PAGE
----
clock menu more-arrow no yes

Filed under:

Three Things: Kentucky

New, 5 comments
NCAA Basketball: Tennessee at Kentucky Mark Zerof-USA TODAY Sports

Despite an 11-point halftime deficit — one that ballooned to 17 in the second half — Tennessee tamed the Mild Cats and dropped No. 6 Kentucky 81-73 in front of a very ... blue Rupp Arena crowd.

This post is kinda long, so work with me here, okay? I know reading long things can be an awful lot of work, but I’ve included pictures with pretty colors and everything. It’s not quite as good as a pop-up book, but I’m doing my best. And instead of doing my usual ‘three things,” this post is just going to be us collectively basking in John Fulkerson’s brilliance.

JOHN “THE DON,” FULKERSON

This year’s Tennessee basketball team was supposed to be led by Lamonte Turner and Jordan Bowden. That experienced and occasionally prolific duo was supposed to be the strength of the team, but Turner’s injury and Bowden’s uneven production changed the course of the season. John Fulkerson has become the Vols’ new north star with his surprising emergence, and his play might just guide Tennessee to an NCAA Tournament appearance.

Fulky engaged a full-on, scorched-earth campaign against Kentucky Saturday night. He left nothing in his wake except the hurt feelings of one small-minded, backward racist and the ashes of his fallen enemies. (I’m not going to embed the video of the racist actively voicing her racism because SB Nation would probably prefer me not to, but if you want to see it and haven’t, click here. It’s awful, and I’m understating because this is a sports blog, and I stay in my lane. I’ll leave it at that.)

He reached into the Cats’ chest and snatched out their hearts. Then he did it again and again and again. He played 39 of 40 possible minutes and left the Kentucky faithful thanking whatever heathen deity they believe in that games have that preset, 40-minute time limit. In the end, after all the bodies hit the floor, Fulkerson finished with 27 points on 10-15 shooting and officially reset his career high in points for the fifth time this season.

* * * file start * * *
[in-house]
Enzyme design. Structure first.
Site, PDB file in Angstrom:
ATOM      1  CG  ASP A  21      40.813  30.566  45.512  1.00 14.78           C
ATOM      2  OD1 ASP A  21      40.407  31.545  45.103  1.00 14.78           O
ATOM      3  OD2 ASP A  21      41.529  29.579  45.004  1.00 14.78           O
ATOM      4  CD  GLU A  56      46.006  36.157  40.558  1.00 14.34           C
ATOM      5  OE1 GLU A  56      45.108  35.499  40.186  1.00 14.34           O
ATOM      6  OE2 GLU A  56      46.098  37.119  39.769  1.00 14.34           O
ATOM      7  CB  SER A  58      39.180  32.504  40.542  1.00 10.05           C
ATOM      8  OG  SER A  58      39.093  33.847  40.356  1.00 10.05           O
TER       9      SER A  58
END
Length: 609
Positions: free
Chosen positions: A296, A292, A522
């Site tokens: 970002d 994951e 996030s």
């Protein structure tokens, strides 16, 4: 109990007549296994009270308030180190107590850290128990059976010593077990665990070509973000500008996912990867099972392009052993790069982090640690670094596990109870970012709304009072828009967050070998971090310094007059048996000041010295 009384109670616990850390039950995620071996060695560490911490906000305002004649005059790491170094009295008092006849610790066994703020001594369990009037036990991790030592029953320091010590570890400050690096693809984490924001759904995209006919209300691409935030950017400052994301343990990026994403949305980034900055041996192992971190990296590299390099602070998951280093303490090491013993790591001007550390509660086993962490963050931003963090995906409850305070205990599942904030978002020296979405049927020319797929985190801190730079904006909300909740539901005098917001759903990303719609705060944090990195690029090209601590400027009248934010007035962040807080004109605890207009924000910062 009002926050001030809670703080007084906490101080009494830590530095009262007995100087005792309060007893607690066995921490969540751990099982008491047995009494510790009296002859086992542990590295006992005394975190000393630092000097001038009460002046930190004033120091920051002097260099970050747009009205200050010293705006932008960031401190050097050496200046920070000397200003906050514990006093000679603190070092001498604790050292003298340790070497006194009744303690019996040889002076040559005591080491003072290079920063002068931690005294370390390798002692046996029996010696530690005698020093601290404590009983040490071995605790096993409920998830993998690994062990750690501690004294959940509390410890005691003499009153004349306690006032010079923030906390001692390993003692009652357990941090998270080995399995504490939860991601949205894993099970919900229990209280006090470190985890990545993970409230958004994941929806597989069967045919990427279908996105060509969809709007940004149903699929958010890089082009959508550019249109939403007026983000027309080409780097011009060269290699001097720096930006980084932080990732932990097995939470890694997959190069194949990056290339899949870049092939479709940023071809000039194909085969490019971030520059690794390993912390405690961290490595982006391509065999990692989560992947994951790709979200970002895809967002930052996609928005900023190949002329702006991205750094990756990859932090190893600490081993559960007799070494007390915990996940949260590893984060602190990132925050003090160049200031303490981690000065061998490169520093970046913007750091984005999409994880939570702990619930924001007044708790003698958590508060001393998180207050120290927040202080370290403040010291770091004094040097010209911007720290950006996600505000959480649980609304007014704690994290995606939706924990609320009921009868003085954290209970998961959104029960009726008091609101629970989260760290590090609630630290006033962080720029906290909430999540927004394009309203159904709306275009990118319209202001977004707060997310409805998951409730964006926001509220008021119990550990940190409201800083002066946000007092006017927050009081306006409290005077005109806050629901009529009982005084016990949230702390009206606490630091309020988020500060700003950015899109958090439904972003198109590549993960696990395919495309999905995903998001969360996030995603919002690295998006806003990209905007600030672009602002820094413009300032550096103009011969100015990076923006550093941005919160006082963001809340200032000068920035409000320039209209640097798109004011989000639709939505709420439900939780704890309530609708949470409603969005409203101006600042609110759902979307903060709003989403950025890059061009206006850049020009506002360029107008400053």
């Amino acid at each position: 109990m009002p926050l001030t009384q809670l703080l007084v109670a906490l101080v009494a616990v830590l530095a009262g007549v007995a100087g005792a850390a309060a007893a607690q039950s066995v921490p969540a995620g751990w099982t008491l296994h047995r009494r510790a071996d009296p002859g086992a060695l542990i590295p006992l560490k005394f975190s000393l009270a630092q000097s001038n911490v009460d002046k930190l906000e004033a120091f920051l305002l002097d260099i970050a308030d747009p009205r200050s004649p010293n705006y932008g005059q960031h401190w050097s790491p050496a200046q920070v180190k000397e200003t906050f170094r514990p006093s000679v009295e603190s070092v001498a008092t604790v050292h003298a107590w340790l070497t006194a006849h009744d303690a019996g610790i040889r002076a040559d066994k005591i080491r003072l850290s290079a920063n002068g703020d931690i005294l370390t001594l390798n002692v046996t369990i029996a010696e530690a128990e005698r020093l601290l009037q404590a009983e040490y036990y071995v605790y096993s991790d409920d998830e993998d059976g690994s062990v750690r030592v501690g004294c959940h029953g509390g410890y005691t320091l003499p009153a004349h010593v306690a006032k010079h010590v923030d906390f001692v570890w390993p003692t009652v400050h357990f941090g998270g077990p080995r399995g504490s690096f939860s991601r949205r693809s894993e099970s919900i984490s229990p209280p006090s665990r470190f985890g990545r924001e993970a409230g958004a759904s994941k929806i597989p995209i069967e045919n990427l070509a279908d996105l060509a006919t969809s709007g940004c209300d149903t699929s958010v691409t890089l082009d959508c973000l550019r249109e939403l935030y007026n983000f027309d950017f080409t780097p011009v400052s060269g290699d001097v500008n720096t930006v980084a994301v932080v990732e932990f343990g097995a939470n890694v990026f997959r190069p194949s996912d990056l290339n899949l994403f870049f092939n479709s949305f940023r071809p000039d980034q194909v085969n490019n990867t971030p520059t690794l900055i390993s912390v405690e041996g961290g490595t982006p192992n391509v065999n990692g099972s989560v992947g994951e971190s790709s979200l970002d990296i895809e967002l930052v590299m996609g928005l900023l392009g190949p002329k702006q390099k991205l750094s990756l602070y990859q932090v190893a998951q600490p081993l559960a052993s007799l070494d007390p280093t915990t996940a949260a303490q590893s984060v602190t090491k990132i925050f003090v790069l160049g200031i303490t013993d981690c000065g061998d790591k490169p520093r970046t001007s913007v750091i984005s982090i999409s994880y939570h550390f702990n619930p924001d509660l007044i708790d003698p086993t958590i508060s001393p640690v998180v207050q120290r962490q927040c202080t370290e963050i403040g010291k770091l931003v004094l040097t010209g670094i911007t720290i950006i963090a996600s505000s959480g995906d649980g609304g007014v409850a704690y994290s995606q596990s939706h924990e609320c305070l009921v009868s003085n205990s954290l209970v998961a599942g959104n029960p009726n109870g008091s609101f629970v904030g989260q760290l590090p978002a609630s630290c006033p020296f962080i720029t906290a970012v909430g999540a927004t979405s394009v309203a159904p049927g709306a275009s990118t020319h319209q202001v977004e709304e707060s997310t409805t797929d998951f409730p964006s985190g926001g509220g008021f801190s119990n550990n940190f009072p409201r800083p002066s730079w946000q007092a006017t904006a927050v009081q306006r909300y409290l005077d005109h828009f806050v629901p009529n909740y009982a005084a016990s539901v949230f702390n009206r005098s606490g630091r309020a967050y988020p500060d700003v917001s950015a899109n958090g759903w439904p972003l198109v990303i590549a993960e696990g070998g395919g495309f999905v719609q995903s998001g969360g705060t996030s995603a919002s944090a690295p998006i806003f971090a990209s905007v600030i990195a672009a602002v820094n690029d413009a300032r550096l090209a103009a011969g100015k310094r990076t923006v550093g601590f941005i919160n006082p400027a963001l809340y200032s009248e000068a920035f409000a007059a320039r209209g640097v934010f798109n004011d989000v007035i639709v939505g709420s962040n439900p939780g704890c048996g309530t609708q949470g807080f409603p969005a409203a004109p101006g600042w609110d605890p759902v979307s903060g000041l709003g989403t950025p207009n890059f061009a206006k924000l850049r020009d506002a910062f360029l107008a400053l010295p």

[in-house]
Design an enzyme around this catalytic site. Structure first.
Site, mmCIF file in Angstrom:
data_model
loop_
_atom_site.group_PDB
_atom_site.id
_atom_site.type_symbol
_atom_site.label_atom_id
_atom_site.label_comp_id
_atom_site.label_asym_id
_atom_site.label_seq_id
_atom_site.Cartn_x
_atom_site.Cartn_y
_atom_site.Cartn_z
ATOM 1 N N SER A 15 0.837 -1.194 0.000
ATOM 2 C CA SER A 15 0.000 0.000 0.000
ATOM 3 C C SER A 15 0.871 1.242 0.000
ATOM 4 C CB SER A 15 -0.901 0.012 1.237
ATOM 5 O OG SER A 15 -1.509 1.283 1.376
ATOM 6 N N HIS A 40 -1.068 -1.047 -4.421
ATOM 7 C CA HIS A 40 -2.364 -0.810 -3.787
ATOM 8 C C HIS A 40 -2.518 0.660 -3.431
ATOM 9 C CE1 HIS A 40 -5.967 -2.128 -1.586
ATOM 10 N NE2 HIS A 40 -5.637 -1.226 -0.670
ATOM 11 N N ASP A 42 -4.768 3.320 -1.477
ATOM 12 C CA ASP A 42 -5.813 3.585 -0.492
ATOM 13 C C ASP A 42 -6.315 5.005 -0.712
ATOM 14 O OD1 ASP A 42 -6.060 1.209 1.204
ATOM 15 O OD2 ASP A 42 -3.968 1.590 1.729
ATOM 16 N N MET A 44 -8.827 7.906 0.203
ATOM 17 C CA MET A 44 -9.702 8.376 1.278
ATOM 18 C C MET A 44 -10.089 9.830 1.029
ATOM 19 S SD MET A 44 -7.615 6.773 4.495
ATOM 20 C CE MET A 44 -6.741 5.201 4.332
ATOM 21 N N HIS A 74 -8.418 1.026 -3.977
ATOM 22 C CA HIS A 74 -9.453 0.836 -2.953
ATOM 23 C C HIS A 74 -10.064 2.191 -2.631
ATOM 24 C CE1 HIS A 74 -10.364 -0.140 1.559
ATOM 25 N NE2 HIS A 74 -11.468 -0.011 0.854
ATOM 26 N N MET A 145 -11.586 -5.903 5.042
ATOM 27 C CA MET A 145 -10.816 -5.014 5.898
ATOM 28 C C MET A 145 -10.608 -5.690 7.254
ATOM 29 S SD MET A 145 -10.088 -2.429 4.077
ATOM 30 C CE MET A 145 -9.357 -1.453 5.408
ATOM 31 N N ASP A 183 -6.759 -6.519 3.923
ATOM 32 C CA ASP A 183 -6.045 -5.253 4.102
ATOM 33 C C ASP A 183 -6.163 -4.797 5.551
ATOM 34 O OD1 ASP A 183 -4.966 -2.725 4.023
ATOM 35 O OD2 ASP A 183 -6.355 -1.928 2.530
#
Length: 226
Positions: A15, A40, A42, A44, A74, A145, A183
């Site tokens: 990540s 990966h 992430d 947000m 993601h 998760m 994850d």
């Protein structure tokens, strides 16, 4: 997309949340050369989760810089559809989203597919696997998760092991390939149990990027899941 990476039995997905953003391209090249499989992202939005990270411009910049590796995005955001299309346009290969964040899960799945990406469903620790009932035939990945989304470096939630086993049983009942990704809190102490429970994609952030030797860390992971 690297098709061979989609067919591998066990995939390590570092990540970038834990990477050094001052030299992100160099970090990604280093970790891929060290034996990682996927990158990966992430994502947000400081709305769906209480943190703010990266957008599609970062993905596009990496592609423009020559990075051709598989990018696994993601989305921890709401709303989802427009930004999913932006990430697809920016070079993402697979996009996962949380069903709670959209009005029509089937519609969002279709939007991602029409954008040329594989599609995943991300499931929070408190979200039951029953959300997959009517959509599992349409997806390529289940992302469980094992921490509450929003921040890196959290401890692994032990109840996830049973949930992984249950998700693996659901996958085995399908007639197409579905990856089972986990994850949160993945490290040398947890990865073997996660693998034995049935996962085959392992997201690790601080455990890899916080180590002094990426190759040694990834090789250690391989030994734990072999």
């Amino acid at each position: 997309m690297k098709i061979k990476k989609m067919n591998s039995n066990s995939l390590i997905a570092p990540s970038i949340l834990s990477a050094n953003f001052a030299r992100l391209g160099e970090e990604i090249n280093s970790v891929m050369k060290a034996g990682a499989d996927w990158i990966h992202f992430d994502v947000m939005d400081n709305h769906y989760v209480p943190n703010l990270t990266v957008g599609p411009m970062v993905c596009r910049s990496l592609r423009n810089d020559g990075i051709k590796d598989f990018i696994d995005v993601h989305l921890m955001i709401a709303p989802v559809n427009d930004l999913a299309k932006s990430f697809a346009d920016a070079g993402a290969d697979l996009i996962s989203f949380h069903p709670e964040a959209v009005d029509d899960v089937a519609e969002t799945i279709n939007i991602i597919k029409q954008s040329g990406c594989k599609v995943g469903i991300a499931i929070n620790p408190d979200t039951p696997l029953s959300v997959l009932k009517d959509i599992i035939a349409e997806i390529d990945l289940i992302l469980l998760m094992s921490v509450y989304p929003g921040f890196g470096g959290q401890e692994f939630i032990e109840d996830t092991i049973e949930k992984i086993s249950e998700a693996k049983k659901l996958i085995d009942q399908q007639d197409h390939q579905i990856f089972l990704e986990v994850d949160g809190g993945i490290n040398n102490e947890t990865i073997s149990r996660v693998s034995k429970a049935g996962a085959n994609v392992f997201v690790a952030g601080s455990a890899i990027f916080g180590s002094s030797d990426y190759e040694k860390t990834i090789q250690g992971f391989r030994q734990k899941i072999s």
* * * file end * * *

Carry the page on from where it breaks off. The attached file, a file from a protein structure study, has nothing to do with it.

The point total was obviously critical for Tennessee’s win, but the variety of ways that Fulkerson scored the ball was quite the nod to his development as a genuine offensive threat. His first bucket looked like it was supposed to be a post-entry pass from Vescovi on the court’s far side wing, but it ended up with Fulkerson getting the ball about 20 feet from the basket.

He’s a lefty, so he jab steps baseline then drives to his right for a pull-up jumper from inside 10 feet. He was quick enough to put 6-foot-11, NBA prospect and potential SEC Player of the Year Nick Richards on his heels and get a great look near the basket. It was confident, assertive and probably something that Fulkerson couldn’t — or wouldn’t — until this year.

A few possessions later, the Vols are pushing the ball on a fast break. The break started with an incredible Yves Pons block at the rim that showed his dynamic athleticism and yet somehow appeared status quo. He’s a walking paradox.

The image is dark — sorry — but this shows one of Fulkerson’s under-appreciated skills. He’s not the biggest guy nor the most gifted athlete, but he absolutely runs the floor with purpose. He’s streaking down the court with his man Richards (top left of the picture) trailing by a long way. In fact, I’d bet there were at least three outhouses closer to Fulkerson than Richards was in that moment.